Wednesday, November 16, 2011

:REVIEW: Kitchen House by Kathleen Grissom

I recently finished The Kitchen House: A Novel by Kathleen Grissom.

When a white servant girl violates the order of plantation society, she unleashes a tragedy that exposes the worst and best in the people she has come to call her family.

Orphaned while onboard ship from Ireland, seven-year-old Lavinia arrives on the steps of a tobacco plantation where she is to live and work with the slaves of the kitchen house. Under the care of Belle, the master's illegitimate daughter, Lavinia becomes deeply bonded to her adopted family, though she is set apart from them by her white skin.

Eventually, Lavinia is accepted into the world of the big house, where the master is absent and the mistress battles opium addiction. Lavinia finds herself perilously straddling two very different worlds. When she is forced to make a choice, loyalties are brought into question, dangerous truths are laid bare, and lives are put at risk.

The Kitchen House is a tragic story of page-turning suspense, exploring the meaning of family, where love and loyalty prevail.

Grissom's The Kitchen House is just the kind of historical fiction that I've always loved. To be honest, I would have never guessed that this was her first novel.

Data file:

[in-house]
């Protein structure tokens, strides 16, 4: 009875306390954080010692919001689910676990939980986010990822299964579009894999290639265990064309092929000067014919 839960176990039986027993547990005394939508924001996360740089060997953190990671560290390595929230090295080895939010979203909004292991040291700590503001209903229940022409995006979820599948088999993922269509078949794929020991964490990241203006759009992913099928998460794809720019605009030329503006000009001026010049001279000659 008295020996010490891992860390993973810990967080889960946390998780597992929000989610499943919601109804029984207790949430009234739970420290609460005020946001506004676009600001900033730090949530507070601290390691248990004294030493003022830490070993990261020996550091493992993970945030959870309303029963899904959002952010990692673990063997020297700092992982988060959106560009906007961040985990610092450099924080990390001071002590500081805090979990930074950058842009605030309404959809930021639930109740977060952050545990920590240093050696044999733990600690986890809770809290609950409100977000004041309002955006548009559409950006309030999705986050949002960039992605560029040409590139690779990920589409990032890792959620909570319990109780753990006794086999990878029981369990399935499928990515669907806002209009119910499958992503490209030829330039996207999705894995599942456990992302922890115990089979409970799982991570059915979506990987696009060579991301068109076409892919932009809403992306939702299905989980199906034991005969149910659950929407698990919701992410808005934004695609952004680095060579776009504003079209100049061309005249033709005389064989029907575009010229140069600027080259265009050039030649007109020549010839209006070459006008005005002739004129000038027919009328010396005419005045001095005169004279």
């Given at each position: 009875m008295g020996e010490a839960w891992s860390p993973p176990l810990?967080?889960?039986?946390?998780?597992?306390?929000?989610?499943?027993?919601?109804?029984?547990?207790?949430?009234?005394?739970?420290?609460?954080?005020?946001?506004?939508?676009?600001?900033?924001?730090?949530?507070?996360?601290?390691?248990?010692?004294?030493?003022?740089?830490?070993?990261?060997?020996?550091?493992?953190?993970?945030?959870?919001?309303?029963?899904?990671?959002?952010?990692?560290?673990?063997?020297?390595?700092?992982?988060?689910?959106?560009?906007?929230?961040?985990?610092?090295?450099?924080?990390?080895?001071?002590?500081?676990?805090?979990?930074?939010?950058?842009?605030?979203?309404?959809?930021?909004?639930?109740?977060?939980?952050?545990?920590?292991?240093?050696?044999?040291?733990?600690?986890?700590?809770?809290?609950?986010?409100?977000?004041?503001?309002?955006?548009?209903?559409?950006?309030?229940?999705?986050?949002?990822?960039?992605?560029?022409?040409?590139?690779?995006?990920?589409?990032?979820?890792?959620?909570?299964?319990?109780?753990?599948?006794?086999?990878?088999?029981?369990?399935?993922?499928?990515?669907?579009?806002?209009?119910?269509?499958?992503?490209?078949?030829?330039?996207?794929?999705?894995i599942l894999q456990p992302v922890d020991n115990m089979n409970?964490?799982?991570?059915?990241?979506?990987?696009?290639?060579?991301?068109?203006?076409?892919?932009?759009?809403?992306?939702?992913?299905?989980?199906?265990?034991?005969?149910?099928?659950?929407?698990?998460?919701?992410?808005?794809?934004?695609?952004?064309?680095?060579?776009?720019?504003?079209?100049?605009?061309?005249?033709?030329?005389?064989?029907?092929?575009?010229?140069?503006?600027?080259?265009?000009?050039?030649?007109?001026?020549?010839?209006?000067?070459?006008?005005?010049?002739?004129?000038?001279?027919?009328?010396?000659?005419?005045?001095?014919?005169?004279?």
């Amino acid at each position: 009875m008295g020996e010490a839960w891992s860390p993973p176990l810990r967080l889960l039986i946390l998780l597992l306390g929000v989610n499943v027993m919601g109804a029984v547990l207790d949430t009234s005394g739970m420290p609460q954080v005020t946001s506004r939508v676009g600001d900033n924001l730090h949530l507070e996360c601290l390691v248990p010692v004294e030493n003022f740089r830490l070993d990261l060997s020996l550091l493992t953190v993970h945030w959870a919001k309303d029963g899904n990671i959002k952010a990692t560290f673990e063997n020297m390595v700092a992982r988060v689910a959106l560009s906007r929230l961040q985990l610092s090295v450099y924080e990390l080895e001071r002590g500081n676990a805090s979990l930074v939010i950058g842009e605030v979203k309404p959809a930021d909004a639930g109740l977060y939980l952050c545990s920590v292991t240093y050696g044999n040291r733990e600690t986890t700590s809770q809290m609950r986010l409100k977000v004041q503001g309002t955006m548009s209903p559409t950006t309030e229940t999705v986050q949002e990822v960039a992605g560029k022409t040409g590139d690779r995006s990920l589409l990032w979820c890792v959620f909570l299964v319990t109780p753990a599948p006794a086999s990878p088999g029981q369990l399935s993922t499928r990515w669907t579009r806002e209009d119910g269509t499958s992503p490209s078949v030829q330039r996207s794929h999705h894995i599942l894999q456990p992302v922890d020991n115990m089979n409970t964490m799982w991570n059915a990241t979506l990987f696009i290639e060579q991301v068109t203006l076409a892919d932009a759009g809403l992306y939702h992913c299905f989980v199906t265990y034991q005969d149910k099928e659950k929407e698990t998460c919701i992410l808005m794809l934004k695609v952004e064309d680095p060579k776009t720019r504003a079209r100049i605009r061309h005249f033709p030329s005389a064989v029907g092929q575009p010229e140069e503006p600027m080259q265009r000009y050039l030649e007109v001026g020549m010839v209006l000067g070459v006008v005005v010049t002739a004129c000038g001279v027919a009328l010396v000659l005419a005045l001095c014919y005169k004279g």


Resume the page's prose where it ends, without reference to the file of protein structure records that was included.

I found her characters to be complex and believable. The plot line kept me guessing a bit, but there weren't any ridiculous or forced plot twists that I've found in a few other recent reads that turn me off. It is clear that Grissom did her research in writing this novel.

The narrator of the novel alternates between two of the main character, Lavinia and Belle, with each chapter which I found quite interesting. Both characters are well-defined and offer a unique perspective on the overall story.

The ONLY thing that bothered me (just a little) about the novel, was that the dialect(s) were clear among the  slave characters, however Lavinia's accent is completely absent...even though it is referenced early on in the novel that she can be hard to understand at times because her Irish dialect is so strong. Just seems like one detail that wasn't carried through considering the detail and consistency found in the rest of the novel.

Despite this, if you are a fan of historical fiction, I DO NOT think that you will be disappointed by The Kitchen House!! It's a great read!


A Mercy
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